This course will help Chemistry majors and minors navigate the professional world and prepare them for success. Students will explore careers, professional schools, internships and other professional opportunities. Required for all Chemistry majors and must be taken in the fall semester of the sophomore or junior years. This course is also open to Chemistry Minors as well as other science majors. Pre-requisite: CHEM 112
Provides the opportunity for investigation of research questions in the field of chemistry through laboratory and/or library research as supervised by a departmental faculty member. Four to five hours of work per week during the semester is equivalent to one credit hour. May be repeated for credit. Does not count toward the major. Graded S/U. Prerequisite: Permission of the department
The study of the macroscopic, microscopic, and molecular phenomena in chemical systems. Concepts of thermodynamics, kinetics, equilibrium, quantum chemistry, and spectroscopy are developed. Prerequisite: CHEM 112; Co-requisite: MATH 200, PHEN 121.
The in-depth study of molecular phenomena in chemical systems. Concepts of atomic and molecular structure, quantum chemistry, and spectroscopy are developed. A working knowledge of computational chemistry is developed. Prerequisite: CHEM 315.
A study of the modern methods of chemical separation and analysis. In the laboratory emphasis is placed on application of modern instrumentation to chemical problems. Prerequisite or co-requisite: CHEM 315.
Emphasizes thermodynamics, kinetics, quantum chemistry, and analysis through the application of modern analytical and physical techniques. Prerequisite: CHEM 214, 315.
The study of the chemistry of enzyme function and regulation, and the chemistry of metabolic pathways. Emphasis is placed on the structure-activity correlations and mechanisms of reactions, as well as on the thermodynamics and kinetics of the reactions involved. The lab portion of the course includes current techniques for isolation and analysis of biomolecules and the study of enzymatic processes. Prerequisite: CHEM 214.
The study of the biosynthesis of amino acids and proteins, nucleic acids, and lipids, and carbohydrates. These are analyzed at the molecular and mechanistic level through a detailed study of structure, function, and reactions of the compounds involved. Prerequisite: CHEM 214.
The study of atomic, molecular, and crystalline solid state structures of the elements, inorganic compounds, and organometallic compounds. Bonding models and applications of molecular and solid state symmetry are considered. Properties and selected modern applications such as catalysis are investigated. The lecture and laboratory emphasize a variety of chemical synthesis methods and instrumental methods of analysis. Prerequisite: CHEM-230 Prerequisite or co-requisite: CHEM 315.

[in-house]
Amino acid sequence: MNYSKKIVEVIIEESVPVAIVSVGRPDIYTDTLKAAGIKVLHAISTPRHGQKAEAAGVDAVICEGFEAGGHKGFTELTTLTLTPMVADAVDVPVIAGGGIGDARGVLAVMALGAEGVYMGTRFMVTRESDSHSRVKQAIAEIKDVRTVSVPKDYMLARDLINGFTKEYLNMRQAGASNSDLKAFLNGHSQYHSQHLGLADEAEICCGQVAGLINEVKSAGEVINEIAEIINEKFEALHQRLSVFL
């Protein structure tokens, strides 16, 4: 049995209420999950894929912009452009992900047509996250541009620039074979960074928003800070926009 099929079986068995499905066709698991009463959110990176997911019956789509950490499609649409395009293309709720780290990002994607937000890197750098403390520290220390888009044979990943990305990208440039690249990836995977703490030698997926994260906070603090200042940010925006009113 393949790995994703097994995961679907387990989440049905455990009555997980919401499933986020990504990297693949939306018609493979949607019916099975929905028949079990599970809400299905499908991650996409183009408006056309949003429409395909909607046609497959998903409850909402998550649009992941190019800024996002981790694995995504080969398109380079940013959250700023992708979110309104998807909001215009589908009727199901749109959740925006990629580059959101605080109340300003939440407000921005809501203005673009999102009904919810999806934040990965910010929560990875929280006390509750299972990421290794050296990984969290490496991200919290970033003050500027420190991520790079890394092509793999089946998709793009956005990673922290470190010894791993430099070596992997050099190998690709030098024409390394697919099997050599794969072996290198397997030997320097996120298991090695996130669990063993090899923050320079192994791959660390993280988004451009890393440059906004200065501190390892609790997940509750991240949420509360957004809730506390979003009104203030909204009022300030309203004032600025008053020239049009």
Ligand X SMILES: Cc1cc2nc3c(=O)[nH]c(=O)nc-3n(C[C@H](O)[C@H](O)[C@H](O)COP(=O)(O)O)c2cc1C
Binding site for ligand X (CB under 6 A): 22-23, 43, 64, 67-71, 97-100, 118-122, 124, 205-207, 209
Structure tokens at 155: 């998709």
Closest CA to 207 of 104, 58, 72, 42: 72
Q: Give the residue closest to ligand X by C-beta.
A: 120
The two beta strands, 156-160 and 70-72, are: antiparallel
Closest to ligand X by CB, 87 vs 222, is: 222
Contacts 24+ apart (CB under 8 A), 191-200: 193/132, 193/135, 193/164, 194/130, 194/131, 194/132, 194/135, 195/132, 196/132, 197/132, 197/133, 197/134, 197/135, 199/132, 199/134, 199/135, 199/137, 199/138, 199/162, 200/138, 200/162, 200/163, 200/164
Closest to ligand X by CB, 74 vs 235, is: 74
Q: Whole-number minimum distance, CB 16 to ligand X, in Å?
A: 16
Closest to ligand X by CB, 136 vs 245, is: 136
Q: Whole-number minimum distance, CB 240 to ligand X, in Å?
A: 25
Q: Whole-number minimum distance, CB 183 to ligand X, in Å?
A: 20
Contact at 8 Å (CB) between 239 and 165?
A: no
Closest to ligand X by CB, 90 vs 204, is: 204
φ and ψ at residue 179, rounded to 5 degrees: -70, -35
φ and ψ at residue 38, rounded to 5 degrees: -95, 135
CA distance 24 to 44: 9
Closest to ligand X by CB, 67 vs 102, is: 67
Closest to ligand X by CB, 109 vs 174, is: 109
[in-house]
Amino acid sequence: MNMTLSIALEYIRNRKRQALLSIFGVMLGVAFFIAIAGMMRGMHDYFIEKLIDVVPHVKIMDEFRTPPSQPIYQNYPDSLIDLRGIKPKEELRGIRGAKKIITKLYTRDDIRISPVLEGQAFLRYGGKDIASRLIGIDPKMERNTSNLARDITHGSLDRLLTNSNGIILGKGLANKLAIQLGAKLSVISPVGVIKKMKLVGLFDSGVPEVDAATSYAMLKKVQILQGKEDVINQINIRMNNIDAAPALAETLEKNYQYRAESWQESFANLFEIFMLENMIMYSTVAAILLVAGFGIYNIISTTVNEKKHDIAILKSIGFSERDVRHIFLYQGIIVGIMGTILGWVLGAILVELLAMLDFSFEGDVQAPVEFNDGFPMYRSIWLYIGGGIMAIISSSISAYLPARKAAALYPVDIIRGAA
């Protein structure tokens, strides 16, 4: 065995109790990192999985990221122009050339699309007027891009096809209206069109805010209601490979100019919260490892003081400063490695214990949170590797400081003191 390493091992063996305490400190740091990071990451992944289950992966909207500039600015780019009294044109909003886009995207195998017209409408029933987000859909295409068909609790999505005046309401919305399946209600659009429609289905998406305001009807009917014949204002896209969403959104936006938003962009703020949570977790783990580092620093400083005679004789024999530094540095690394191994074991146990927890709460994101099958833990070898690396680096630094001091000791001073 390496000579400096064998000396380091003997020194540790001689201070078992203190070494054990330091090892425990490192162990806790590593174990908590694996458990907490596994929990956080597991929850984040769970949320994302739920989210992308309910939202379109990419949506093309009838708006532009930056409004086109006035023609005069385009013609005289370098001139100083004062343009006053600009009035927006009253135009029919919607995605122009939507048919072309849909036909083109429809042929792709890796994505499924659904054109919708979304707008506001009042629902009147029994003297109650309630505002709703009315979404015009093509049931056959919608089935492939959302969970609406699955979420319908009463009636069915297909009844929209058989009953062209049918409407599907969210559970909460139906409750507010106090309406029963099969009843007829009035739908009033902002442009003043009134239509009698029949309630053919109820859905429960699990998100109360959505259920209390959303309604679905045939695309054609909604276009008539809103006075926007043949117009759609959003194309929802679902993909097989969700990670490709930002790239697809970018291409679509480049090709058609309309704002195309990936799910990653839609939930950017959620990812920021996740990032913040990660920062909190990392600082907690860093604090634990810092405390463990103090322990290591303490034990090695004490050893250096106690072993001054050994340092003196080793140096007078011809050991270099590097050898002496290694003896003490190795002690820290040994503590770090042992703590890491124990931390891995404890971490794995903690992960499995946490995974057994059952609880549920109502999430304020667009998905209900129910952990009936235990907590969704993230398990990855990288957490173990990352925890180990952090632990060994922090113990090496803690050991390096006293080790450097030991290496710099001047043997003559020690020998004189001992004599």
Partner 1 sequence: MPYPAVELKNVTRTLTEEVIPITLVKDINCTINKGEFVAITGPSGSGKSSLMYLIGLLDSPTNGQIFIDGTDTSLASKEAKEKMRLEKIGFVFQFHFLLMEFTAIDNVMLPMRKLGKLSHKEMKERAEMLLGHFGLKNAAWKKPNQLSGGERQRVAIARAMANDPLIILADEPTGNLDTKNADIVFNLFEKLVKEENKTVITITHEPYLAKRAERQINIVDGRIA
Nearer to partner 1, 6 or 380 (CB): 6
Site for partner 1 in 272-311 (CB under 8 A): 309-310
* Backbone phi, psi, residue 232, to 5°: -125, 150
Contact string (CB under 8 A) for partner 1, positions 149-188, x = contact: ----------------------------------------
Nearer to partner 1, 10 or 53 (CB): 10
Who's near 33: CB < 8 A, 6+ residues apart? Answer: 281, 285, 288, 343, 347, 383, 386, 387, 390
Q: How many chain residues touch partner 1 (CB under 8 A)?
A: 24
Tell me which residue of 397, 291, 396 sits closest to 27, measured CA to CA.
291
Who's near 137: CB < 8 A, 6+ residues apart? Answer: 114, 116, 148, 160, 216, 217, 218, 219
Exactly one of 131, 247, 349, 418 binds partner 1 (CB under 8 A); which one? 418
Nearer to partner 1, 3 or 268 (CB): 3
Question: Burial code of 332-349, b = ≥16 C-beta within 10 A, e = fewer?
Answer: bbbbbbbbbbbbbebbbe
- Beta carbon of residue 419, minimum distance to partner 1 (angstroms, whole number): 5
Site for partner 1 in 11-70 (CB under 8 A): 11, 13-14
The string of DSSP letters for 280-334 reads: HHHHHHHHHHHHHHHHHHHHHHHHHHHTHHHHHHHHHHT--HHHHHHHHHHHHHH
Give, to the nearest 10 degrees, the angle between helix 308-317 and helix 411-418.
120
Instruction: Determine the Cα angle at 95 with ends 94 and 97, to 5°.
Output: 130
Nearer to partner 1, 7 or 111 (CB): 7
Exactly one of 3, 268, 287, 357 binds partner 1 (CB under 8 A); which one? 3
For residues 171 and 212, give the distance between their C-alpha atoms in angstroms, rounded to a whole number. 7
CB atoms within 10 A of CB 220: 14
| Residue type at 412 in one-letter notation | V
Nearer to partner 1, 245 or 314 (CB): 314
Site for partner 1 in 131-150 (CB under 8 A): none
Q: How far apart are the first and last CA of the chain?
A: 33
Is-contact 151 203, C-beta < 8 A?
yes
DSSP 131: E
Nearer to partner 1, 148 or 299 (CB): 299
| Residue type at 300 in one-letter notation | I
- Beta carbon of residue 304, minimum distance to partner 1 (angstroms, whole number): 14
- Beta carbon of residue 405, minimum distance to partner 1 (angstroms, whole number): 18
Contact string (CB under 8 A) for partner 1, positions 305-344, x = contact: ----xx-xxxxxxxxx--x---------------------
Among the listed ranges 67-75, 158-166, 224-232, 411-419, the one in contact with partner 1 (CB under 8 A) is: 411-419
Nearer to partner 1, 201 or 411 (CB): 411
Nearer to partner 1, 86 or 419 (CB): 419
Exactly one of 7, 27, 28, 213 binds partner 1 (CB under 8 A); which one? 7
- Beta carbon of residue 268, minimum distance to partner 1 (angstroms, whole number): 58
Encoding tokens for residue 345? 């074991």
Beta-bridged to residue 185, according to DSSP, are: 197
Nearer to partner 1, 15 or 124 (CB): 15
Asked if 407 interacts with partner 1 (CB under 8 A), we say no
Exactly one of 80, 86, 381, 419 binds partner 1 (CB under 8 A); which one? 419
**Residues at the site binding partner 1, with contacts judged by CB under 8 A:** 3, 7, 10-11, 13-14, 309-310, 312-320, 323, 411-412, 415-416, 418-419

A seminar-style course that examines important topics in the field in depth, through readings, discussions, and presentations. Prerequisite: CHEM 214, 240.
Focuses on the practical applications of instrumentation used in a forensic laboratory for the chemical analysis of various types of physical evidence such as accelerants, explosives, paints, fibers, glass, and suspected drug substances. Prerequisite: CHEM 240, Pre- or co-requisite: CHEM 214.
Focuses on selected special topics from the chemistry disciplines: analytical, inorganic, organic, physical, or biochemistry. The topics are chosen for their importance to modern chemistry. Prerequisite: Completion of all curricular requirements for the chemistry minor.
Involves comprehensive literature research on a chemistry-related topic of the student’s choice, and writing of a detailed report on the findings. The course also features oral presentations, as well as the writing of a research proposal on the same topic researched in the literature. In addition, students are required to attend seminars by visiting scientists, organized by the department. All departmental faculty participate in this course. Pre-requisite: CHEM 250 Co-requisite: CHEM 355.
An independent experience under the guidance of one or more faculty members, designed to expose students to methods of investigation and inquiry, and enhance critical thinking and problem-solving skills. The course also includes oral presentations and writing of a final scientific paper. In addition, to stay current in the field being researched, students continue the literature research begun in CHEM 454. Students are also required to attend a weekly seminar meeting. Prerequisites: CHEM 355, 454.